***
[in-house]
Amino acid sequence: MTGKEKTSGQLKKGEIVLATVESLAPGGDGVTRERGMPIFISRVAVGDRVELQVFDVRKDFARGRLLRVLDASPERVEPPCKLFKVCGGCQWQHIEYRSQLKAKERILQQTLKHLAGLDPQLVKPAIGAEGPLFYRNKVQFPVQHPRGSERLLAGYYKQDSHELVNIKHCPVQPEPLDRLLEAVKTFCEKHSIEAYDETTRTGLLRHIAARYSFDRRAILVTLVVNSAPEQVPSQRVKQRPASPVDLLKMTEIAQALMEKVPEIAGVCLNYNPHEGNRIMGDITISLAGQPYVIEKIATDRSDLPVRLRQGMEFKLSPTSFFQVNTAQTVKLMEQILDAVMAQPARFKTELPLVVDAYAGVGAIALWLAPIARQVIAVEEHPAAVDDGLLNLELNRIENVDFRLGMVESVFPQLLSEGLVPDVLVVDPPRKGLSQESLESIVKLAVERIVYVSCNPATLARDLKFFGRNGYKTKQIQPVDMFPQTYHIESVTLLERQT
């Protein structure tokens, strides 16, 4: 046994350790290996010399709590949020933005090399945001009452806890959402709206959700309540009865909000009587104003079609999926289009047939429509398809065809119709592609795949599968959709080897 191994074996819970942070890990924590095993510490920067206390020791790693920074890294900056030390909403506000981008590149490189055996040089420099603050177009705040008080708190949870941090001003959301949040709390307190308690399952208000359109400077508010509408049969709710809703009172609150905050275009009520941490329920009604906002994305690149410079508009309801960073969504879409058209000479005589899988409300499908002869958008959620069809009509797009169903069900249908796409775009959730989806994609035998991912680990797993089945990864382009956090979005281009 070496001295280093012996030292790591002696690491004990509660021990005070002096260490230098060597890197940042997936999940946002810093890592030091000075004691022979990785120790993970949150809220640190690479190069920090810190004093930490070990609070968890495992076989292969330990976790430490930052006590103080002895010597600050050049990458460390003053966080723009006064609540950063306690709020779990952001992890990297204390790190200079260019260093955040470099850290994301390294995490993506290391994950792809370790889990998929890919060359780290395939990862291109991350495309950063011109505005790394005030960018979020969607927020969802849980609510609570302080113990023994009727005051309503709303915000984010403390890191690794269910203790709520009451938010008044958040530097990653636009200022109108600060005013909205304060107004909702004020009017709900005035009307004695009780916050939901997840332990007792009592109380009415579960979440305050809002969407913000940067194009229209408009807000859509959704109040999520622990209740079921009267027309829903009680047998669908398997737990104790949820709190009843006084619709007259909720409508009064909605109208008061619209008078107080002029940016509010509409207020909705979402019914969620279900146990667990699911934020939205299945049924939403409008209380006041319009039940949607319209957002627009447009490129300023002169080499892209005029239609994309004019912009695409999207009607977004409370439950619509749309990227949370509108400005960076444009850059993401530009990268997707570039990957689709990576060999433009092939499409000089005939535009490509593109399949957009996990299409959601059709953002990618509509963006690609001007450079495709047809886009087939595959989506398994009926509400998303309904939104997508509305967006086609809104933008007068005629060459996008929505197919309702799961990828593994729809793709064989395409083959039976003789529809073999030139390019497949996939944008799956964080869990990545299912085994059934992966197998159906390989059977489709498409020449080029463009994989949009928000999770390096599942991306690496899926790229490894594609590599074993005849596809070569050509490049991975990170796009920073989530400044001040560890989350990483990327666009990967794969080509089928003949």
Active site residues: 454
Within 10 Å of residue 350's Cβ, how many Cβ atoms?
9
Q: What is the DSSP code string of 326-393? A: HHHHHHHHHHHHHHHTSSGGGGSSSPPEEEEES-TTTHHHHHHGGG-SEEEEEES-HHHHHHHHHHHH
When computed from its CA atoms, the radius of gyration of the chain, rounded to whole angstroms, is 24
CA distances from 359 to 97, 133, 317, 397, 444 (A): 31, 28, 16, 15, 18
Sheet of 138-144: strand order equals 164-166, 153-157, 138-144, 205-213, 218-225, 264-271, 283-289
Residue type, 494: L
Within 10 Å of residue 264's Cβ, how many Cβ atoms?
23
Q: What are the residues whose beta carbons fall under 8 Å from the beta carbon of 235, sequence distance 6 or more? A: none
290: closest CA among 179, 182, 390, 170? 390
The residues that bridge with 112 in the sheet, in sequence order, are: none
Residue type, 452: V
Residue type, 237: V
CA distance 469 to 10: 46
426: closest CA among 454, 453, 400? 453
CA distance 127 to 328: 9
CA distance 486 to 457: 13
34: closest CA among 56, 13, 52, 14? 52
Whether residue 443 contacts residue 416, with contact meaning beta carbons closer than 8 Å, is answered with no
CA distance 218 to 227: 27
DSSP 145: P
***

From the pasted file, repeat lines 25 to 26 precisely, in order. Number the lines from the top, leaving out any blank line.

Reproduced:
CA distance 218 to 227: 27
DSSP 145: P